The Inflation Reduction Act (IRA), signed into law in August of 2022, includes $370 billion in investments targeted at lowering energy costs and tackling climate change. Though the bulk of the IRA comes in competitive grants, tax credits, and loans for businesses and government entities, there are a few provisions that will be applied as direct credits and rebates for consumers hoping to purchase an electric vehicle or make their homes more energy efficient.
This tax season marks the first time that Americans can claim these credits from the IRA on their taxes, and the Biden Administration has said it will roll out the rebates later this year. Here’s how to take advantage of the new legislation:
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Residential Clean Energy Tax Credit
(Also known as 25D, for the section of the tax code it falls under)
Homeowners can deduct 30% of the cost of new household clean energy systems like solar panels, small wind turbines, and battery storage technologies. The credit can be used for upgrades made between 2022 and 2032, and has no cap for the total amount spent. The credit will then wind down, with 26% available for service in 2033, 22% in 2034, and no credit available after December 31, 2034.
Energy Efficient Home Improvement Credit
(Also known as 25C, for the section of the tax code it falls under)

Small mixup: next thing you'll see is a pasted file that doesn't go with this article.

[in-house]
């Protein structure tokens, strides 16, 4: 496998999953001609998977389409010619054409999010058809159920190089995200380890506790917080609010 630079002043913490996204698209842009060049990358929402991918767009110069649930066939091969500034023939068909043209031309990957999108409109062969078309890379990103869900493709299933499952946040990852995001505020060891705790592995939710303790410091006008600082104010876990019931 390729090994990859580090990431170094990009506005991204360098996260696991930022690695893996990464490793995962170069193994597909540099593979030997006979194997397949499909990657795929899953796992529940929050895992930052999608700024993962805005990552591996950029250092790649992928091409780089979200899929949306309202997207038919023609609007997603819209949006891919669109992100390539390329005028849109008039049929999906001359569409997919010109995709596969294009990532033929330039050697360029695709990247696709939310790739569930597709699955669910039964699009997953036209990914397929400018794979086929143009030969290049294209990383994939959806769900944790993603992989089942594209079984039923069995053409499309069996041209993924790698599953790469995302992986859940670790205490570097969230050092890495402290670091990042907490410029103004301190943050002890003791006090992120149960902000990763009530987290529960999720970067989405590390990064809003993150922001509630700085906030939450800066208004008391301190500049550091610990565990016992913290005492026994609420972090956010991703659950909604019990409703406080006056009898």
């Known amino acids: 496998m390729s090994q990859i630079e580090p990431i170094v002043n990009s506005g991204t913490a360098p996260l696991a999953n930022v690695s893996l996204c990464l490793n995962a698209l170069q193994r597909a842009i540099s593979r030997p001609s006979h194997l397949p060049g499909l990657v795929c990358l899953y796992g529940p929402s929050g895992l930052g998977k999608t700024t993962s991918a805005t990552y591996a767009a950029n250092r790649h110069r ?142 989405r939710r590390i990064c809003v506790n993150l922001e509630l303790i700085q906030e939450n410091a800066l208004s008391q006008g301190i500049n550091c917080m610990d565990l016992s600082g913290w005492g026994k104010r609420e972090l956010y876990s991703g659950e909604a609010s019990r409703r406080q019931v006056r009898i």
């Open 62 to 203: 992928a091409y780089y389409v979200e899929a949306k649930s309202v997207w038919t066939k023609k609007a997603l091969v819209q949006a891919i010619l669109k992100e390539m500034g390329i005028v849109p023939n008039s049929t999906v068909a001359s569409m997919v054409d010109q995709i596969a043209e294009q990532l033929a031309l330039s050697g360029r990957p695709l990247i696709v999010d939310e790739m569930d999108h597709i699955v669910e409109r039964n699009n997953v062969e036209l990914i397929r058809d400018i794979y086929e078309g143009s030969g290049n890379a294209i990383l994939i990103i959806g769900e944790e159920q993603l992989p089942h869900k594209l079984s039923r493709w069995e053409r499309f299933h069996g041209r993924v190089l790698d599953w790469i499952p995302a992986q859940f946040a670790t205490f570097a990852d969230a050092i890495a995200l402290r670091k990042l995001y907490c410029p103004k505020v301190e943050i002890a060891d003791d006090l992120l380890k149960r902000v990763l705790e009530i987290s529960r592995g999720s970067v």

Homeowners can deduct 30% of the cost of certain energy improvement purchases, including exterior doors, exterior windows and skylights, home energy audits, and appliances including energy-efficient air conditioners, water heaters, heat pumps, and biomass stoves. The credit is for purchases made after January 1, 2023, and before January 1, 2033. There is a limit on this one: $1,200 a year for renovations, and $2,000 for appliances like heat pump water heaters.
The IRA includes a $7,500 consumer tax credit for electric vehicle purchases; you are eligible if your adjusted gross income is up to $150,000 for individuals or $300,000 for joint filers. (This credit already existed but was set to expire at the end of 2022.) Beginning in 2024, this will become a point-of-sale credit, meaning you can get it when you’re buying a car at the dealer rather than having to claim it on your taxes. Only vehicles for which final assembly occurred in North America qualify starting on August 16, 2022 (the day that the ERA became law). Vehicles delivered after April 18, 2023 must also meet critical battery component requirements; the government keeps an updated list of eligible vehicles.
High Efficiency Electric Homes Rebate Program
Low and moderate income households—defined as households with incomes below 150% of the area median income—can receive a total of $14,000 in rebates for qualified electrification projects. There are maximums per equipment purchased, including $1,750 for a heat pump water heater, $8,000 for a heat pump that does space cooling and heating, and $840 for an electric stove. If your household has an income below 80% of the Area Median Income, you can get 100% of your costs covered.
Home Owner Managing Energy Savings Rebate Program
Homeowners and multifamily building owners can get rebates by making energy efficiency upgrades; the amount of money you can claim depends on how much energy you save. The max is $4,000 for most homeowners, and $8,000 for households earning less than 80% of the area median income. Multifamily building owners can also get this rebate, up to $400,000 per building.
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